(Matt) “I just don’t really see it as a competition. There are more than enough cars and Honda enthusiasts to make multiple events happen everywhere each year. I’ve known Javier from OGS/Honda Day for quite a while and they’ve been killing it on the east for so many years. He’s actually come out to the Eibach Meet a few times to check it out and we’ve met for lunch so I could pick his brain on everything from money matters to organization. There’s a bunch of events that have popped-up over the years, not necessarily because of the Eibach Meet, and some are doing really well. I say do it; take that momentum and grow your event to give the enthusiasts something to look forward to, especially if there’s nothing in your region.”
I do miss the early days of the Eibach Meet. I mean, how could you not? Everything was just so much more easygoing and more like a friendly gathering. That homegrown, very ‘natural’ feeling was what made the meets so great. I think that the event in 2017 is proportional bigger than it was over a decade ago but the most recent Eibach Meet, which happened just a few weeks ago, still breathed a little bit of that same air. It was their first time in Fontana at the Autoclub Speedway but seeing all those familiar faces there made the event feel very much the same way it did in the early years. Like Ryan said, it is always more about the people than anything and it is those people that bring about that ‘homegrown’ feeling. No matter how big it grows or how many more people come, the core is still the same.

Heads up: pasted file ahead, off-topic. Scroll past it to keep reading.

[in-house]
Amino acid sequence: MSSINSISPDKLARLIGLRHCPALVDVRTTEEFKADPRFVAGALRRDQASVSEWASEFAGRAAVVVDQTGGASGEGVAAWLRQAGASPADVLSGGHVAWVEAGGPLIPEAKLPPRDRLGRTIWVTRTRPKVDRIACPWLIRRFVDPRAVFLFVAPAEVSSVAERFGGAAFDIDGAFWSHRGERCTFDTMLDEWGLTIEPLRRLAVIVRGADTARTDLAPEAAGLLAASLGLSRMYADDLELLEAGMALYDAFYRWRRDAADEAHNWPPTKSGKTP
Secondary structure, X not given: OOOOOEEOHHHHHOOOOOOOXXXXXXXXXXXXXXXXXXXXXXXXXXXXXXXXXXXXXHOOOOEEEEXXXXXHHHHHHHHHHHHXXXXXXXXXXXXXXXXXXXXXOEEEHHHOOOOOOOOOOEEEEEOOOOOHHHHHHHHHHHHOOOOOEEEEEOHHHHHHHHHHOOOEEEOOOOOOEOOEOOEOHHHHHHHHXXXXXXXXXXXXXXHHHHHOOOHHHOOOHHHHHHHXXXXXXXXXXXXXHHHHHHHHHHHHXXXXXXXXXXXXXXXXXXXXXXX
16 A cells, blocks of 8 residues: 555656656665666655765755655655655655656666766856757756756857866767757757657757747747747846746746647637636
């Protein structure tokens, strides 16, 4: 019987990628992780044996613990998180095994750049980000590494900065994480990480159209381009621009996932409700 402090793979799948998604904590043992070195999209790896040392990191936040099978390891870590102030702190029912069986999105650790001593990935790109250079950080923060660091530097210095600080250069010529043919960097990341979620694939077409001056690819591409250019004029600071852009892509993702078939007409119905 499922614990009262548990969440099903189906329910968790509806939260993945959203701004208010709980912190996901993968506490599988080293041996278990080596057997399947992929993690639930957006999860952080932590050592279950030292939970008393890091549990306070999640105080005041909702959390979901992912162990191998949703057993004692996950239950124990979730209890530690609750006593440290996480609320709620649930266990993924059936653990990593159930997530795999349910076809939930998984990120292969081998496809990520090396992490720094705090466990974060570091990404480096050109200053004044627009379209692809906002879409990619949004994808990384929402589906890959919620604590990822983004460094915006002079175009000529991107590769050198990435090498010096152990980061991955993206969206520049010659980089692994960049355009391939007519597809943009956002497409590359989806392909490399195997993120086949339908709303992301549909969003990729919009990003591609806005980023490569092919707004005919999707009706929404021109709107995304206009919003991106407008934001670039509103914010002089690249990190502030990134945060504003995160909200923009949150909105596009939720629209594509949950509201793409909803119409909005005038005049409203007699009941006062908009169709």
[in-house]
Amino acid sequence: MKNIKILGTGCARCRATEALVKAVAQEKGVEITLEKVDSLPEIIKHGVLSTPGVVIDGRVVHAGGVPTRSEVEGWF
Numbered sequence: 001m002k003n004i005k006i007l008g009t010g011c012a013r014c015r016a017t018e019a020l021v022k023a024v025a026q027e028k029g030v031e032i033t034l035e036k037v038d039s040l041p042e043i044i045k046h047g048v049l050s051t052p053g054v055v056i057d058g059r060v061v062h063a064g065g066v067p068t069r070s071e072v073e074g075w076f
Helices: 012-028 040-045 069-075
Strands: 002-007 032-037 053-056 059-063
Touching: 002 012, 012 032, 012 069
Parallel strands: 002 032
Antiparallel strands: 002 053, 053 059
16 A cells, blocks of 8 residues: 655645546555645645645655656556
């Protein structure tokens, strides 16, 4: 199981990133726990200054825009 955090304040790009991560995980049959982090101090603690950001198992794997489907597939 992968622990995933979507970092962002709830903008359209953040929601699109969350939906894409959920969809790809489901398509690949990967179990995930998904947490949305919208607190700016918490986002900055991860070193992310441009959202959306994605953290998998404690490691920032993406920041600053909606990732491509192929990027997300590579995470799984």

(Ryan) “Maintaining that homegrown feel is very important to me. I want our 6,000 friends and 50 vendors that attend every year to have the same awesome experience. We’ll never sell-out. I can’t tell you how many potential sponsors I have turned down because they are not a good fit for what we represent.”
(Matt) “I think there’s an older group of guys/girls that have been attending the meet forever and they know that Ryan and I are die-hard Honda nerds and why this is what it is. I also think there’s that newer generation that has no idea who the two old guys are that are yelling at everyone during the event but they’ve heard about the meet and they just want to be part of it. That’s cool too because I feel like there’s never been a corporate feel to the Eibach Meet. It’s always been just a group of Honda fans hanging out for an afternoon. If next year’s meet is presented by Extenze or Starbucks, then start to worry…”